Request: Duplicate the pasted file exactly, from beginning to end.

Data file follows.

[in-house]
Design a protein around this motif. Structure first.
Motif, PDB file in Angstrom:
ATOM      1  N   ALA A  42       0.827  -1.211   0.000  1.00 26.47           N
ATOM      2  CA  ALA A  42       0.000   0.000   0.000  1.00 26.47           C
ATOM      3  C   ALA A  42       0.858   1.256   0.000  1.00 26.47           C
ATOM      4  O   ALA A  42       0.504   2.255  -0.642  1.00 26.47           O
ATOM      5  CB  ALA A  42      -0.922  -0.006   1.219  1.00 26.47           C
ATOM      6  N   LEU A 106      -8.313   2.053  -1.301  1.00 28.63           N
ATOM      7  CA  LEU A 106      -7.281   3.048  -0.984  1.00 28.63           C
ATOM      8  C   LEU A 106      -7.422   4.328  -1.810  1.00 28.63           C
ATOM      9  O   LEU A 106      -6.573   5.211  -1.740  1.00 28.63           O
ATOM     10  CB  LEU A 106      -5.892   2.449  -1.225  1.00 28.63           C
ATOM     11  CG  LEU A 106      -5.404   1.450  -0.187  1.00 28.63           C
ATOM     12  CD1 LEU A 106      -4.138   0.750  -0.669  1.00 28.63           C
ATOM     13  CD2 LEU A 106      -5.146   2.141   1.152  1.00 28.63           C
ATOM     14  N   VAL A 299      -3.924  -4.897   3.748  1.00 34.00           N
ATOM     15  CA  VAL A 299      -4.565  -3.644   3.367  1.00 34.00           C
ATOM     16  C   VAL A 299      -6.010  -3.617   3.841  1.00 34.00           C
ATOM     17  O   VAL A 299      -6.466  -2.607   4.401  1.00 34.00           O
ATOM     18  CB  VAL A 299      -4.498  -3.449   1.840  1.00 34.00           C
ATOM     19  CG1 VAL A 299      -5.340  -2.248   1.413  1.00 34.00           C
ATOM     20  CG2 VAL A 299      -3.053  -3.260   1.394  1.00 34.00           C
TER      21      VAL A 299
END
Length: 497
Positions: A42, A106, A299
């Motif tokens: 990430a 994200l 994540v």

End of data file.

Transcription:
[in-house]
Design a protein around this motif. Structure first.
Motif, PDB file in Angstrom:
ATOM      1  N   ALA A  42       0.827  -1.211   0.000  1.00 26.47           N
ATOM      2  CA  ALA A  42       0.000   0.000   0.000  1.00 26.47           C
ATOM      3  C   ALA A  42       0.858   1.256   0.000  1.00 26.47           C
ATOM      4  O   ALA A  42       0.504   2.255  -0.642  1.00 26.47           O
ATOM      5  CB  ALA A  42      -0.922  -0.006   1.219  1.00 26.47           C
ATOM      6  N   LEU A 106      -8.313   2.053  -1.301  1.00 28.63           N
ATOM      7  CA  LEU A 106      -7.281   3.048  -0.984  1.00 28.63           C
ATOM      8  C   LEU A 106      -7.422   4.328  -1.810  1.00 28.63           C
ATOM      9  O   LEU A 106      -6.573   5.211  -1.740  1.00 28.63           O
ATOM     10  CB  LEU A 106      -5.892   2.449  -1.225  1.00 28.63           C
ATOM     11  CG  LEU A 106      -5.404   1.450  -0.187  1.00 28.63           C
ATOM     12  CD1 LEU A 106      -4.138   0.750  -0.669  1.00 28.63           C
ATOM     13  CD2 LEU A 106      -5.146   2.141   1.152  1.00 28.63           C
ATOM     14  N   VAL A 299      -3.924  -4.897   3.748  1.00 34.00           N
ATOM     15  CA  VAL A 299      -4.565  -3.644   3.367  1.00 34.00           C
ATOM     16  C   VAL A 299      -6.010  -3.617   3.841  1.00 34.00           C
ATOM     17  O   VAL A 299      -6.466  -2.607   4.401  1.00 34.00           O
ATOM     18  CB  VAL A 299      -4.498  -3.449   1.840  1.00 34.00           C
ATOM     19  CG1 VAL A 299      -5.340  -2.248   1.413  1.00 34.00           C
ATOM     20  CG2 VAL A 299      -3.053  -3.260   1.394  1.00 34.00           C
TER      21      VAL A 299
END
Length: 497
Positions: A42, A106, A299
């Motif tokens: 990430a 994200l 994540v």